Ángel Luis González Esteban (The Conversation) | The Russian invasion of Ukraine has raised fears about the supply and prices of wheat, an essential foodstuff for millions of people. Numerous headlines have echoed the international escalation of prices, while popularizing the expression the breadbasket of Europe to refer to Russia and Ukraine. Will there be enough wheat for everyone?
It is somewhat ironic to ask this question in the European Union, since the problem for more than half a century has not been scarcity but abundance. In fact, the measures taken to combat the undesirable effects of oversupply (such as prices considered insufficient to ensure a fair income for farmers) have helped to shape new issues that are now taking on particular relevance.
From hunger to binge eating
To understand the configuration of wheat production, consumption and international trade since the end of World War II, we must go back to the collapse of the 1930s. Wilfried Malembaum, one of the authors who studied the interwar situation in depth, drew attention to the fact that the accumulation of surpluses and the ruin of farmers in the exporting countries (United States, Canada, Australia and Argentina) coexisted with another implacable reality: the unsatisfied needs of millions of hungry people in other parts of the world.
The transfer of all these surpluses to deficit regions was prevented by insurmountable barriers (income, institutional…) and would have required fundamental changes in the consumption patterns of these populations. Thus, after World War II, a formula was sought to reconcile the situation of need in a large part of the world with the mountains of wheat that were accumulating in some rich countries.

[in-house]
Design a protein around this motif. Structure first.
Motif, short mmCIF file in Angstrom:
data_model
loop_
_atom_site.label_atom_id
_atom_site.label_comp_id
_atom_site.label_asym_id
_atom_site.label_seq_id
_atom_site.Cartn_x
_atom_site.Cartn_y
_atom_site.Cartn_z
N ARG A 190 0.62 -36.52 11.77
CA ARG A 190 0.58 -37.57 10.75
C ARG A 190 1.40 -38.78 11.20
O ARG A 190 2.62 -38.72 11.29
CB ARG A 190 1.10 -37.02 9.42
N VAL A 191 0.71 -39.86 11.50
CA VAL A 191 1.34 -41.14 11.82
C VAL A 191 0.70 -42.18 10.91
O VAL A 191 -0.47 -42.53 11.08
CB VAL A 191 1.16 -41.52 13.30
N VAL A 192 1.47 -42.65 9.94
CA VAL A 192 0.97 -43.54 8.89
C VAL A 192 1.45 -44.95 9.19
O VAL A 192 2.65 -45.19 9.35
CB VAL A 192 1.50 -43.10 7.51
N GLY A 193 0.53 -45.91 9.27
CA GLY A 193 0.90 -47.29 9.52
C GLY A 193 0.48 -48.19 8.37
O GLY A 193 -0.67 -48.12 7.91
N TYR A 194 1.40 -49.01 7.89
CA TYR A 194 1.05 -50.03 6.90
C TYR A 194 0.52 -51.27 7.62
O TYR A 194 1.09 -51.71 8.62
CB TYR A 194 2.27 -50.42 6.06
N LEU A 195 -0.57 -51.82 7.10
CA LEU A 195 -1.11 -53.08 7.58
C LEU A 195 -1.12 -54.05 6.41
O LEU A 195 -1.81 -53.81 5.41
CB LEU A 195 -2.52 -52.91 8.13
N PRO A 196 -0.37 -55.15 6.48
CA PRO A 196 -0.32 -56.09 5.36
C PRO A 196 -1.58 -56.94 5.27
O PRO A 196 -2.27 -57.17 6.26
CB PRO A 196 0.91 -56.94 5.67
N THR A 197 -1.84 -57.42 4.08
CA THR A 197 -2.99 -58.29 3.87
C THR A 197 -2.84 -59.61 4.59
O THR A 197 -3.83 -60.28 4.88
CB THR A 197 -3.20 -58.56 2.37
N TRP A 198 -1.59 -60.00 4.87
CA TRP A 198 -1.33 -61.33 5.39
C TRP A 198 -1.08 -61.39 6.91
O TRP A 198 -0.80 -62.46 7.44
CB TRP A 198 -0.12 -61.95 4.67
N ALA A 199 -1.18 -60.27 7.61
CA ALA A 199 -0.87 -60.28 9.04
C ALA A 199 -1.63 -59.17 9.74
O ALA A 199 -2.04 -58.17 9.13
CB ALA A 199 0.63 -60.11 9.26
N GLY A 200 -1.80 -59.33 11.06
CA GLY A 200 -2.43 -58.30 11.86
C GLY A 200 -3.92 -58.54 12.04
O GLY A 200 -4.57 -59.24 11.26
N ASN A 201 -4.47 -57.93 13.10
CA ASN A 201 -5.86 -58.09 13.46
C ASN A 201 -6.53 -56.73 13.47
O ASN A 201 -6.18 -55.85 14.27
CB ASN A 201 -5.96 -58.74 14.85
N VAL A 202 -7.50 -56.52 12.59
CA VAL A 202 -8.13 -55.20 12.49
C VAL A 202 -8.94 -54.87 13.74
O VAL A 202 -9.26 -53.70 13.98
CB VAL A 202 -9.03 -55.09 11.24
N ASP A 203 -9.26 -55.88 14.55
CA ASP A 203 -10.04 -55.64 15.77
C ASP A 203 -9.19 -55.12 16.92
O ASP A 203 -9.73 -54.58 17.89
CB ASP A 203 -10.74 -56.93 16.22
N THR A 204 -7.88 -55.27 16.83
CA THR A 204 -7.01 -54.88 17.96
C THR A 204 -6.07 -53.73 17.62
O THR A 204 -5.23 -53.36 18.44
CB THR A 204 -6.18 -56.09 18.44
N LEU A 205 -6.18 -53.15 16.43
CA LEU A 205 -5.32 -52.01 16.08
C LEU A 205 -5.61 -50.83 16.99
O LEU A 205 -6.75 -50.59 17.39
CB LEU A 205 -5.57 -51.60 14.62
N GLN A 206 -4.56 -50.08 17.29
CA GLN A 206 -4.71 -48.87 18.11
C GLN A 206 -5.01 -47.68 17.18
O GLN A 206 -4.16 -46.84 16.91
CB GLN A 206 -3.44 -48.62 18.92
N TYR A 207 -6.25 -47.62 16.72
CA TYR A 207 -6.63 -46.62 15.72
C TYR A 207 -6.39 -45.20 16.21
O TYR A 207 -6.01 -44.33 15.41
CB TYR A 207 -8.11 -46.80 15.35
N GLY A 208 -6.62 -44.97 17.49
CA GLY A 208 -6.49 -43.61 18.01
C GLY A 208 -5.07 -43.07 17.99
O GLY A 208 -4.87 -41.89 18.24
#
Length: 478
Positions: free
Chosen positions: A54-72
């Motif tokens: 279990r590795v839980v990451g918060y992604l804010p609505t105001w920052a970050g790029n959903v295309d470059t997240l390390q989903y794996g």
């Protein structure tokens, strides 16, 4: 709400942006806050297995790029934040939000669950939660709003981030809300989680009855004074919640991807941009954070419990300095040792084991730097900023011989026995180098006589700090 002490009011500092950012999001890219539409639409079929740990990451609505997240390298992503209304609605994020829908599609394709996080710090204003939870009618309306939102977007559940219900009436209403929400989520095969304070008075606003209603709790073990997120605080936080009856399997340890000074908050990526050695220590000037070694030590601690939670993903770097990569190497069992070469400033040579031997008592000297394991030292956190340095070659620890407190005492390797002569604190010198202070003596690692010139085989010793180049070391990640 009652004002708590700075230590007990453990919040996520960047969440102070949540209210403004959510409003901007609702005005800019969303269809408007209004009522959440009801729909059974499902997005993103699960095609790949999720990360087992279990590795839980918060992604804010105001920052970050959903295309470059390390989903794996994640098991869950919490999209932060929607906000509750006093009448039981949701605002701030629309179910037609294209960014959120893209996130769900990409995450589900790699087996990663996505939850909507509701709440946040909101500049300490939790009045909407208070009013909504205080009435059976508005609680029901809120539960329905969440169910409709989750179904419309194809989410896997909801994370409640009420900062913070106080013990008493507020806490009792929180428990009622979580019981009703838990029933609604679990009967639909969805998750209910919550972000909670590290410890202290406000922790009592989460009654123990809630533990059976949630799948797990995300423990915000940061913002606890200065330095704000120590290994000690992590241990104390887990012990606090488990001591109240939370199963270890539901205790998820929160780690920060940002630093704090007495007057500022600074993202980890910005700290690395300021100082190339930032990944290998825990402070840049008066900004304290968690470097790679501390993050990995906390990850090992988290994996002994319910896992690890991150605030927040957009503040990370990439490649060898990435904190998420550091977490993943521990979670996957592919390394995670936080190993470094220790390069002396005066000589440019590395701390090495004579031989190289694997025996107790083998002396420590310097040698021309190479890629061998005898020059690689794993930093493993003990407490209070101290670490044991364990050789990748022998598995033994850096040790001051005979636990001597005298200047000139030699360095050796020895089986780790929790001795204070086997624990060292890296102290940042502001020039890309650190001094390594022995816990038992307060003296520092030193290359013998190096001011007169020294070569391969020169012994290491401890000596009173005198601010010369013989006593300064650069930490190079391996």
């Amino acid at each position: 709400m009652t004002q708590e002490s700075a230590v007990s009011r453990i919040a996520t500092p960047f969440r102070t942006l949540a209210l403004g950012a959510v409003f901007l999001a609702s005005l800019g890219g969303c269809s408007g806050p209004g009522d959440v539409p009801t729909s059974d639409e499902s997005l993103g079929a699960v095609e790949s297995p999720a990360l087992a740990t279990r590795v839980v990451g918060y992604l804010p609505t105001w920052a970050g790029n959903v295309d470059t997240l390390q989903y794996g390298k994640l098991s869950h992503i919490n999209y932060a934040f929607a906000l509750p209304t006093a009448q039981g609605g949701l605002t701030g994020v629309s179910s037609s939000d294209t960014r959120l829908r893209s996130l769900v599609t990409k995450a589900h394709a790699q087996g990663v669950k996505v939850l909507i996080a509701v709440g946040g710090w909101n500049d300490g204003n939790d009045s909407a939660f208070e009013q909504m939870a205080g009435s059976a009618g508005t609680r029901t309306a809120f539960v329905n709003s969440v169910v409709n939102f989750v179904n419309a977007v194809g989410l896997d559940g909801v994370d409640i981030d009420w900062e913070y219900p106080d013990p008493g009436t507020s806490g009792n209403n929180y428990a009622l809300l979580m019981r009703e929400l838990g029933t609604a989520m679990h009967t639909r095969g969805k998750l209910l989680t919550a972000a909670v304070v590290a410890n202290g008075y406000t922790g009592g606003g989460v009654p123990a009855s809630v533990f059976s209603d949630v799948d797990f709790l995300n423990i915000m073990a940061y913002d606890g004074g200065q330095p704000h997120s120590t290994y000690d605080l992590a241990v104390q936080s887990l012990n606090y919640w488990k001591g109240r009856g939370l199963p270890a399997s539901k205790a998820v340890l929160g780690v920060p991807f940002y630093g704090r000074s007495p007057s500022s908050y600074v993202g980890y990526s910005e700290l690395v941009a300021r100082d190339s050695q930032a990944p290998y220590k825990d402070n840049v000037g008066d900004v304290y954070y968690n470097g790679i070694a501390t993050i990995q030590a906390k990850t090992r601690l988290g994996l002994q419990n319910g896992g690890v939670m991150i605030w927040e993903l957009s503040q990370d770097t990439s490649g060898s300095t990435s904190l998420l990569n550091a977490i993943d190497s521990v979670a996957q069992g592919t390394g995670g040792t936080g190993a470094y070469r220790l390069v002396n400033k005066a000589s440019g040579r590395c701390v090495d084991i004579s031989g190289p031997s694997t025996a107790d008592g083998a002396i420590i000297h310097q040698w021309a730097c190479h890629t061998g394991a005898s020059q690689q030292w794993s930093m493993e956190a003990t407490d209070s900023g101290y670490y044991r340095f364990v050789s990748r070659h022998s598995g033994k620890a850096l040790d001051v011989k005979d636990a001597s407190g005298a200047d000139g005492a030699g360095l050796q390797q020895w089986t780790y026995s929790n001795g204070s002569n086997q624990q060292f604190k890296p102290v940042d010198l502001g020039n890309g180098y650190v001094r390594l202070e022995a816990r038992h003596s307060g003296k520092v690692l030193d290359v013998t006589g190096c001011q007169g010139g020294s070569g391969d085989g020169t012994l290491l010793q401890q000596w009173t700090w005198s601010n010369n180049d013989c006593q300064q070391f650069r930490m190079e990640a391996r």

At the end of the war, the United States was responsible for 80% of world wheat exports. As for the European countries, the post-war shortages soon gave way to a surplus situation similar to that of the United States and other exporters, such as Canada. A decisive contribution to this was made by a protectionist framework based on the objective of guaranteeing the availability of foodstuffs but, above all, of securing farmers’ incomes.
Protectionist measures – necessary to implement guaranteed price policies and covered by the 1947 tariff agreement (GATT) promoted by the United States – were soon complemented by export subsidies and food aid programs. Of particular importance in the United States was the Public Law 480 or Food for Peace Act, passed in 1954. Many developing countries accepted this aid thinking, among other things, that cheap wheat imports would help their industrialization processes.
The geopolitics of wheat
In the context of the Cold War, some exporting countries saw in the control of the wheat tap a sea of extravagant opportunities. Malembaum himself suggested, in his 1953 book, the possibility of using U.S. wheat surpluses as a tool of foreign economic policy.
Earl Butz, Secretary of State under Nixon and Ford, noted that “the hungry only listen to those with a piece of bread” and warned that food was a tool, a weapon in the U.S. negotiating arsenal. In his 1979 Merchants of Grain, American journalist Dan Morgan documented how the flows of subsidized U.S. wheat to Chile were interrupted after the election of Salvador Allende in 1970, only to resume after the 1973 coup.